León is the longtime liberal stronghold of Nicaragua, and the nation’s second-largest city. Founded in 1524 by Francisco Hernández de Córdoba, León, 11 miles from the Pacific Ocean, has for centuries battled with older Granada, on the western shores of Lake Nicaragua, for ruling supremacy. They took turns assuming the role of capital of Nicaragua for centuries, until neutral Managua, somewhere in between the two cities, took over the role permanently.
But the León of today is different than the Leon of the 16th century. Modern León, in fact, sits 20 miles east of León Viejo (Old León), destroyed by an earthquake less than 100 years after its founding, and subsequently buried under layers of volcanic ash by nearby Momotombo, the still-active volcano that sits across another lake, Lago de Managua, from the ruins.
The ruins are open to visitors every Tuesday-Sunday (closed holidays). Your guided tour takes you through two small museum galleries and to the ruins themself. The first notable site is the St. Mary of Graces Cathedral.
The far end of the complex includes the better-preserved ruins of another church, Our Lady of Mercy.
Close-up of the ongoing excavation work at the church, covered overhead from the elements.
Earthenware discovered at the site and displayed in the museum. Entry to the museum is included with your ticket.
Any guess what kind of fruit tree this is?
The much smaller ruins of Joya de Cerén, a Mayan city in El Salvador entombed by one of that country’s many volcanoes, is often referred to as the “Pompeii of Latin America.” Although León Viejo’s initial destruction was by a terremoto, I much prefer that moniker to describe the altogether more impressive León Viejo than its Salvadorean counterpart. Or maybe this is the “Herculaneum of Latin America?” 🙂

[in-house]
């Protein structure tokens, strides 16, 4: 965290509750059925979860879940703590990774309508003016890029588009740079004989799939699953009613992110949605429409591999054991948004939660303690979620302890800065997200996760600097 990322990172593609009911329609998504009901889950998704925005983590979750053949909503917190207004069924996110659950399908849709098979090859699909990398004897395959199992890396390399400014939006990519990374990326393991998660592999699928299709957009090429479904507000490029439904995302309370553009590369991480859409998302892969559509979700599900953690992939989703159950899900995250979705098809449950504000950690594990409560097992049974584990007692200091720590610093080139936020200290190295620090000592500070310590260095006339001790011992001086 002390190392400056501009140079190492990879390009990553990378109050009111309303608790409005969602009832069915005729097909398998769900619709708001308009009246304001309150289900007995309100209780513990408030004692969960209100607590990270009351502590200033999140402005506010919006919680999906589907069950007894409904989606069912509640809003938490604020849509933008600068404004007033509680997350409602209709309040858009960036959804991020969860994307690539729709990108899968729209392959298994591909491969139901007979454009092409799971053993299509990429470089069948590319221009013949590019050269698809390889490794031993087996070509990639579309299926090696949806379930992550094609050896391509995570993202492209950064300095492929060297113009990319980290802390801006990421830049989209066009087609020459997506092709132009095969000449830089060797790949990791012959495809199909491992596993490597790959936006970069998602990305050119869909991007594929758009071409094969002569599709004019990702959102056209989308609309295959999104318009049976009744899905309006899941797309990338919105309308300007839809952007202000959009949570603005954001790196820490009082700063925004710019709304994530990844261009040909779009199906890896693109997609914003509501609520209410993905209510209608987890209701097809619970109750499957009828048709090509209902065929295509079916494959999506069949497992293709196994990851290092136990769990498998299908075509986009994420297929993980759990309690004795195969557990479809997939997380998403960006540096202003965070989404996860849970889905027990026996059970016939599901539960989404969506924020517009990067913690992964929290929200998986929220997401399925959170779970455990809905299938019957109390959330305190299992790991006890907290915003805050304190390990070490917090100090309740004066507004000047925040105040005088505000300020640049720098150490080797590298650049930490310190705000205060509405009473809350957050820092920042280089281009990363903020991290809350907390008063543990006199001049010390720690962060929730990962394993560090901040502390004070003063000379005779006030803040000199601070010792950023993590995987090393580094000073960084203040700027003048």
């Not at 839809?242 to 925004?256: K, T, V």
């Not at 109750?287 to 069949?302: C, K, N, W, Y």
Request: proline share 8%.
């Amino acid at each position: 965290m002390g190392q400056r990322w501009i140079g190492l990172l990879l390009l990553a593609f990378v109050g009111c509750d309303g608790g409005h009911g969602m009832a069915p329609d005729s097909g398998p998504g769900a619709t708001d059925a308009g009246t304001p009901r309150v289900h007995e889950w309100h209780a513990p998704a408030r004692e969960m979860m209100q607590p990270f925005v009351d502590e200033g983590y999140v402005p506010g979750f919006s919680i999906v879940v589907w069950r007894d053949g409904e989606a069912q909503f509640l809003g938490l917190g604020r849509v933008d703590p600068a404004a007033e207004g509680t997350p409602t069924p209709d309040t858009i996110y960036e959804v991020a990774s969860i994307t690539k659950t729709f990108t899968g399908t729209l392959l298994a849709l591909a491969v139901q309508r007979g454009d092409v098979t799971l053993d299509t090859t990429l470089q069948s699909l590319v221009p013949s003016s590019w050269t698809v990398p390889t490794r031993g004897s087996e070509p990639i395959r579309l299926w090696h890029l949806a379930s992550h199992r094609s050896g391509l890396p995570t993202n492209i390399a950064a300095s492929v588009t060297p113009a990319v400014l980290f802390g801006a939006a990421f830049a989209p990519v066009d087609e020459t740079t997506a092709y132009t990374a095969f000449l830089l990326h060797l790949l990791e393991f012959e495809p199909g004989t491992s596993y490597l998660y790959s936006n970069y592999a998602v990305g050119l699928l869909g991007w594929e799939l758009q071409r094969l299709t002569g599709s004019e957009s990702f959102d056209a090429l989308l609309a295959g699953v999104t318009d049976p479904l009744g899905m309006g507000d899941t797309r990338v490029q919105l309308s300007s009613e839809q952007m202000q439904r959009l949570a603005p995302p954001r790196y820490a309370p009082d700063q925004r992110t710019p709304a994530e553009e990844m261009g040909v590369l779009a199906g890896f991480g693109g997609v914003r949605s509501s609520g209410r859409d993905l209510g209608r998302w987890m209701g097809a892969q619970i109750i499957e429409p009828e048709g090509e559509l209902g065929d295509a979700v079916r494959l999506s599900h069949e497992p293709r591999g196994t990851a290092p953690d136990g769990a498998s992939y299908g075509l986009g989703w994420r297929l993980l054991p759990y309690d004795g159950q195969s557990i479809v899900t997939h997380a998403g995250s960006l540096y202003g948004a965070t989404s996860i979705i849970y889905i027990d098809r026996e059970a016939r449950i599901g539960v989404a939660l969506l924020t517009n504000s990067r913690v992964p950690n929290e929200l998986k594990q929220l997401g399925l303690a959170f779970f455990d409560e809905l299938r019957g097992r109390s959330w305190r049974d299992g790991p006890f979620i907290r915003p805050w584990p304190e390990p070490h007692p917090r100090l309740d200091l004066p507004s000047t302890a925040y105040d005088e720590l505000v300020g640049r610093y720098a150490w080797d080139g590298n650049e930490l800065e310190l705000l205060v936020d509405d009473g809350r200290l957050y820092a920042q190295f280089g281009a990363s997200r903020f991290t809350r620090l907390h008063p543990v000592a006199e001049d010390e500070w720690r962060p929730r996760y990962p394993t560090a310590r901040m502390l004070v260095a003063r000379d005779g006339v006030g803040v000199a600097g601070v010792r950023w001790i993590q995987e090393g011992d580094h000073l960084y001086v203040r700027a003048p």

León Viejo is on level ground except for a single hill, which once housed a watchtower but now serves as a mirador (vista point) over Momotombo and Lake Managua. I am posing next to my friend José, who spends part of the year living in Nicaragua but who grew up in Venezuela. I interviewed José for this blog in 2014 about the deteriorating situation in VZ; you can read it here.
Close-up view of Momotombo.
We noticed a faint path leading away from the main route, and followed it (being alert for snakes) to this recent discovery. Archaeologists don’t yet know what this building was used for.
Although León Viejo is just 20 miles from the “replacement” city of León, it seems miles from anywhere. The dusty village that exists around the ruins today straddles a series of dirt roads in which chickens and stray dogs run amok.
I thought I would leave you with a single image of the cathedral that was built in 1747 in the center of modern León. Its whitewashed exterior glistens in the midday sun, and its interior features impressive religious art, as well as the tomb of poet Rubén Darío, who is credited with kick-starting the literary movement in Latin America. León Cathedral is the largest church in Central America, and is as worthy of a visit as the UNESCO-protected ruins of León Viejo themselves.
All pictures were taken with a Nikon DSLR camera. All images are the property of GringoPotpourri unless credited otherwise, and should be used with permission only.